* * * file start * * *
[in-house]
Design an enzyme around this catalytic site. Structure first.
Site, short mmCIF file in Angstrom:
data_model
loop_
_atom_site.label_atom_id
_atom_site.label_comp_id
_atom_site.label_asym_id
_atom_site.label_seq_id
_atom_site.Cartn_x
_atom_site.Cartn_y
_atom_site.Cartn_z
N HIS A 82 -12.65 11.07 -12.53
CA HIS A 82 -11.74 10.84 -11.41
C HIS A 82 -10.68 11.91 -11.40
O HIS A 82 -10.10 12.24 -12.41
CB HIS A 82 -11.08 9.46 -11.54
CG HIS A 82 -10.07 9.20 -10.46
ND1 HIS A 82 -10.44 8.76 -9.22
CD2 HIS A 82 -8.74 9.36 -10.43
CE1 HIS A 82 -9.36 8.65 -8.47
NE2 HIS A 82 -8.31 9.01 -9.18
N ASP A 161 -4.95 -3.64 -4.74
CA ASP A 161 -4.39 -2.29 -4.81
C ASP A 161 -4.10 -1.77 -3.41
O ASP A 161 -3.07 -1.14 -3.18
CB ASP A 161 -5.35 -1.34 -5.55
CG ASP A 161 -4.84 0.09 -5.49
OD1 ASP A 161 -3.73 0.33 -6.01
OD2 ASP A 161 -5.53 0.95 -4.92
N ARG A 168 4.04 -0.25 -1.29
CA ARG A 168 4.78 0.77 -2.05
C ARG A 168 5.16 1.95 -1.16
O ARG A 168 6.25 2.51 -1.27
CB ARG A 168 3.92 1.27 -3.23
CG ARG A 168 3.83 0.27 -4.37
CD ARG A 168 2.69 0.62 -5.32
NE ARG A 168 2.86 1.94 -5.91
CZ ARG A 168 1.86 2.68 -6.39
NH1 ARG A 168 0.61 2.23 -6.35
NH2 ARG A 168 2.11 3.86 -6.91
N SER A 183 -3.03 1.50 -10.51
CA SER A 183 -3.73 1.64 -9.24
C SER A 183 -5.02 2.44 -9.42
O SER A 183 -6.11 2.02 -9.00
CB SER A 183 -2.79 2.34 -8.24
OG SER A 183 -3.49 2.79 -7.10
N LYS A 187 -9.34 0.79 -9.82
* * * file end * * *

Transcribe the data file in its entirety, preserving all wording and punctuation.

[in-house]
Design an enzyme around this catalytic site. Structure first.
Site, short mmCIF file in Angstrom:
data_model
loop_
_atom_site.label_atom_id
_atom_site.label_comp_id
_atom_site.label_asym_id
_atom_site.label_seq_id
_atom_site.Cartn_x
_atom_site.Cartn_y
_atom_site.Cartn_z
N HIS A 82 -12.65 11.07 -12.53
CA HIS A 82 -11.74 10.84 -11.41
C HIS A 82 -10.68 11.91 -11.40
O HIS A 82 -10.10 12.24 -12.41
CB HIS A 82 -11.08 9.46 -11.54
CG HIS A 82 -10.07 9.20 -10.46
ND1 HIS A 82 -10.44 8.76 -9.22
CD2 HIS A 82 -8.74 9.36 -10.43
CE1 HIS A 82 -9.36 8.65 -8.47
NE2 HIS A 82 -8.31 9.01 -9.18
N ASP A 161 -4.95 -3.64 -4.74
CA ASP A 161 -4.39 -2.29 -4.81
C ASP A 161 -4.10 -1.77 -3.41
O ASP A 161 -3.07 -1.14 -3.18
CB ASP A 161 -5.35 -1.34 -5.55
CG ASP A 161 -4.84 0.09 -5.49
OD1 ASP A 161 -3.73 0.33 -6.01
OD2 ASP A 161 -5.53 0.95 -4.92
N ARG A 168 4.04 -0.25 -1.29
CA ARG A 168 4.78 0.77 -2.05
C ARG A 168 5.16 1.95 -1.16
O ARG A 168 6.25 2.51 -1.27
CB ARG A 168 3.92 1.27 -3.23
CG ARG A 168 3.83 0.27 -4.37
CD ARG A 168 2.69 0.62 -5.32
NE ARG A 168 2.86 1.94 -5.91
CZ ARG A 168 1.86 2.68 -6.39
NH1 ARG A 168 0.61 2.23 -6.35
NH2 ARG A 168 2.11 3.86 -6.91
N SER A 183 -3.03 1.50 -10.51
CA SER A 183 -3.73 1.64 -9.24
C SER A 183 -5.02 2.44 -9.42
O SER A 183 -6.11 2.02 -9.00
CB SER A 183 -2.79 2.34 -8.24
OG SER A 183 -3.49 2.79 -7.10
N LYS A 187 -9.34 0.79 -9.82